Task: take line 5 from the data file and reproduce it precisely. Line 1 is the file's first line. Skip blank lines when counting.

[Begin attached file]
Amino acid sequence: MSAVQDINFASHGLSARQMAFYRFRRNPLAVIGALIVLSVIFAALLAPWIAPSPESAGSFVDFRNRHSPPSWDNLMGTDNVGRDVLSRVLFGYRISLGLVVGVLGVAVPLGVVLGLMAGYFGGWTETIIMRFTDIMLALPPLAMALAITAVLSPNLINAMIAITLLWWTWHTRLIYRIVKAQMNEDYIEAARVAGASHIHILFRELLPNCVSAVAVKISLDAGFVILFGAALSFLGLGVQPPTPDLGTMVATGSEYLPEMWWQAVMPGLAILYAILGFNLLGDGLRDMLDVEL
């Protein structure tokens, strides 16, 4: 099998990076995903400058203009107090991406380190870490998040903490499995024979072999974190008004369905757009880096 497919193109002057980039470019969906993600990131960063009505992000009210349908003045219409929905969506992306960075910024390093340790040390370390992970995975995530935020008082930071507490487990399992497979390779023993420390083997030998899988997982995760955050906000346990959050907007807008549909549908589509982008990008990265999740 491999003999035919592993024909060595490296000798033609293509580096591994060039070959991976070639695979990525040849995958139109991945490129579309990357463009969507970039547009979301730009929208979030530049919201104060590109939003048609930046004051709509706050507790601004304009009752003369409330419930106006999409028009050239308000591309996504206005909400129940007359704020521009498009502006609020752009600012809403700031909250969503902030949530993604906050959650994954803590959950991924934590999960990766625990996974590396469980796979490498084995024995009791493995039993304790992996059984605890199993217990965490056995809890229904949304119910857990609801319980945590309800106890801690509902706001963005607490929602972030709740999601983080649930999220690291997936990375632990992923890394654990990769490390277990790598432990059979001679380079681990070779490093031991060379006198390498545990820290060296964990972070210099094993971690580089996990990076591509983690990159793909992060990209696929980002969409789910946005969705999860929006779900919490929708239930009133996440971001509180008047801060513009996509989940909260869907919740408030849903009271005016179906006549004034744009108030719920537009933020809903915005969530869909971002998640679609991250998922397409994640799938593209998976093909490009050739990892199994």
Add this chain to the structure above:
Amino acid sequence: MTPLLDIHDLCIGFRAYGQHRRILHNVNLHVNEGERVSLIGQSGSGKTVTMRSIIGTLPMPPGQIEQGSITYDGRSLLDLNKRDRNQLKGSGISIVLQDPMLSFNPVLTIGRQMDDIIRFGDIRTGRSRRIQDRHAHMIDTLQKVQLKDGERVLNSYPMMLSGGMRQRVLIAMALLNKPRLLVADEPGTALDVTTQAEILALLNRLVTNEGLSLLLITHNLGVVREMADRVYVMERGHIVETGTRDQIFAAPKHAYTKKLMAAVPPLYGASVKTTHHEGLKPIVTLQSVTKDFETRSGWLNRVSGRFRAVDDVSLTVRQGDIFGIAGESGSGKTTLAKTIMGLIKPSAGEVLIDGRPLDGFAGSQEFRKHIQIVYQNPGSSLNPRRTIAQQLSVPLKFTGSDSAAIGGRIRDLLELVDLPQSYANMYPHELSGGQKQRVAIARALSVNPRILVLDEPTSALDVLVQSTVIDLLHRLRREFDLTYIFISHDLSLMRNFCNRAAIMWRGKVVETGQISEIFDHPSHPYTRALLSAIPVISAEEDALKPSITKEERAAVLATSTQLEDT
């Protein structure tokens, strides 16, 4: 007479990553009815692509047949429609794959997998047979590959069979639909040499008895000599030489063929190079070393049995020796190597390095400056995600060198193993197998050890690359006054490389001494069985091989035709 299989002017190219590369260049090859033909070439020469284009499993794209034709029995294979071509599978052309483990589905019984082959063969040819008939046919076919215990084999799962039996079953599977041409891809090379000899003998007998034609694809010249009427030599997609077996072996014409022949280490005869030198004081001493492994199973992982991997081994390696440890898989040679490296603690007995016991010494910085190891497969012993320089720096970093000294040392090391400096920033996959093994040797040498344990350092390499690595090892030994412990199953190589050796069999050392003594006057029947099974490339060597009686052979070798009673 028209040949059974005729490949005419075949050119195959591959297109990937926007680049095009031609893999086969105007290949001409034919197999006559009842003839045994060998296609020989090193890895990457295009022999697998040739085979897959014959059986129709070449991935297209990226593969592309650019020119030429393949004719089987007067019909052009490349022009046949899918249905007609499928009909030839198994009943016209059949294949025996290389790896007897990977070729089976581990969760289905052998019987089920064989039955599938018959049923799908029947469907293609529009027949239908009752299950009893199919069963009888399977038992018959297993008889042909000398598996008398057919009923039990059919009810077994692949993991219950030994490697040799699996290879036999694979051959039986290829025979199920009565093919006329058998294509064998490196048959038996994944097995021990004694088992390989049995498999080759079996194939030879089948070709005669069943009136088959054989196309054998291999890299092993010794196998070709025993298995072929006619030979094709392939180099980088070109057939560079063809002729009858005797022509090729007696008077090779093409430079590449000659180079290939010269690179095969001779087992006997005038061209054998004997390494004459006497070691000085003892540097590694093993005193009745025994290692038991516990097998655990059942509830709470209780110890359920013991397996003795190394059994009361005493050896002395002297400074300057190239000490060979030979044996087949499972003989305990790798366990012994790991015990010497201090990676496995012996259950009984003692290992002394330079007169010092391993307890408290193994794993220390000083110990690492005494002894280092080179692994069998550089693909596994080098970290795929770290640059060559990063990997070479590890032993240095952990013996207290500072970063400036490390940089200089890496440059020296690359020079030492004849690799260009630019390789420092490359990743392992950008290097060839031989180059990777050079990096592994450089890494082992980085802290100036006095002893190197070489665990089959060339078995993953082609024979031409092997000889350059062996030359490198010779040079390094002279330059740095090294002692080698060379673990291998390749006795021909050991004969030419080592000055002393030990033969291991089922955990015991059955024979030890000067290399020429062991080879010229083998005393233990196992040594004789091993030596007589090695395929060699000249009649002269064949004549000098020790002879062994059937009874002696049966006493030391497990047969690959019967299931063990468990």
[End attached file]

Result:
């Protein structure tokens, strides 16, 4: 007479990553009815692509047949429609794959997998047979590959069979639909040499008895000599030489063929190079070393049995020796190597390095400056995600060198193993197998050890690359006054490389001494069985091989035709 299989002017190219590369260049090859033909070439020469284009499993794209034709029995294979071509599978052309483990589905019984082959063969040819008939046919076919215990084999799962039996079953599977041409891809090379000899003998007998034609694809010249009427030599997609077996072996014409022949280490005869030198004081001493492994199973992982991997081994390696440890898989040679490296603690007995016991010494910085190891497969012993320089720096970093000294040392090391400096920033996959093994040797040498344990350092390499690595090892030994412990199953190589050796069999050392003594006057029947099974490339060597009686052979070798009673 028209040949059974005729490949005419075949050119195959591959297109990937926007680049095009031609893999086969105007290949001409034919197999006559009842003839045994060998296609020989090193890895990457295009022999697998040739085979897959014959059986129709070449991935297209990226593969592309650019020119030429393949004719089987007067019909052009490349022009046949899918249905007609499928009909030839198994009943016209059949294949025996290389790896007897990977070729089976581990969760289905052998019987089920064989039955599938018959049923799908029947469907293609529009027949239908009752299950009893199919069963009888399977038992018959297993008889042909000398598996008398057919009923039990059919009810077994692949993991219950030994490697040799699996290879036999694979051959039986290829025979199920009565093919006329058998294509064998490196048959038996994944097995021990004694088992390989049995498999080759079996194939030879089948070709005669069943009136088959054989196309054998291999890299092993010794196998070709025993298995072929006619030979094709392939180099980088070109057939560079063809002729009858005797022509090729007696008077090779093409430079590449000659180079290939010269690179095969001779087992006997005038061209054998004997390494004459006497070691000085003892540097590694093993005193009745025994290692038991516990097998655990059942509830709470209780110890359920013991397996003795190394059994009361005493050896002395002297400074300057190239000490060979030979044996087949499972003989305990790798366990012994790991015990010497201090990676496995012996259950009984003692290992002394330079007169010092391993307890408290193994794993220390000083110990690492005494002894280092080179692994069998550089693909596994080098970290795929770290640059060559990063990997070479590890032993240095952990013996207290500072970063400036490390940089200089890496440059020296690359020079030492004849690799260009630019390789420092490359990743392992950008290097060839031989180059990777050079990096592994450089890494082992980085802290100036006095002893190197070489665990089959060339078995993953082609024979031409092997000889350059062996030359490198010779040079390094002279330059740095090294002692080698060379673990291998390749006795021909050991004969030419080592000055002393030990033969291991089922955990015991059955024979030890000067290399020429062991080879010229083998005393233990196992040594004789091993030596007589090695395929060699000249009649002269064949004549000098020790002879062994059937009874002696049966006493030391497990047969690959019967299931063990468990």